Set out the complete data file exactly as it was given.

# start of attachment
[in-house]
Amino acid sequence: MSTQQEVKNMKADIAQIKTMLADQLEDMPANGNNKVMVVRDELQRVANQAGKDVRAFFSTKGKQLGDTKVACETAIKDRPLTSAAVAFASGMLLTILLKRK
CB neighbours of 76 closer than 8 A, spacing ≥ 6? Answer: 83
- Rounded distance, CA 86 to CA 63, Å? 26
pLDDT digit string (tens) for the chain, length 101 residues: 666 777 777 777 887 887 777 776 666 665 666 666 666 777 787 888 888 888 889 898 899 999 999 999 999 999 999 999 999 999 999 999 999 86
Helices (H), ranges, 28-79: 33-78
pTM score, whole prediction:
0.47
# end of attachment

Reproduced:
[in-house]
Amino acid sequence: MSTQQEVKNMKADIAQIKTMLADQLEDMPANGNNKVMVVRDELQRVANQAGKDVRAFFSTKGKQLGDTKVACETAIKDRPLTSAAVAFASGMLLTILLKRK
CB neighbours of 76 closer than 8 A, spacing ≥ 6? Answer: 83
- Rounded distance, CA 86 to CA 63, Å? 26
pLDDT digit string (tens) for the chain, length 101 residues: 666 777 777 777 887 887 777 776 666 665 666 666 666 777 787 888 888 888 889 898 899 999 999 999 999 999 999 999 999 999 999 999 999 86
Helices (H), ranges, 28-79: 33-78
pTM score, whole prediction:
0.47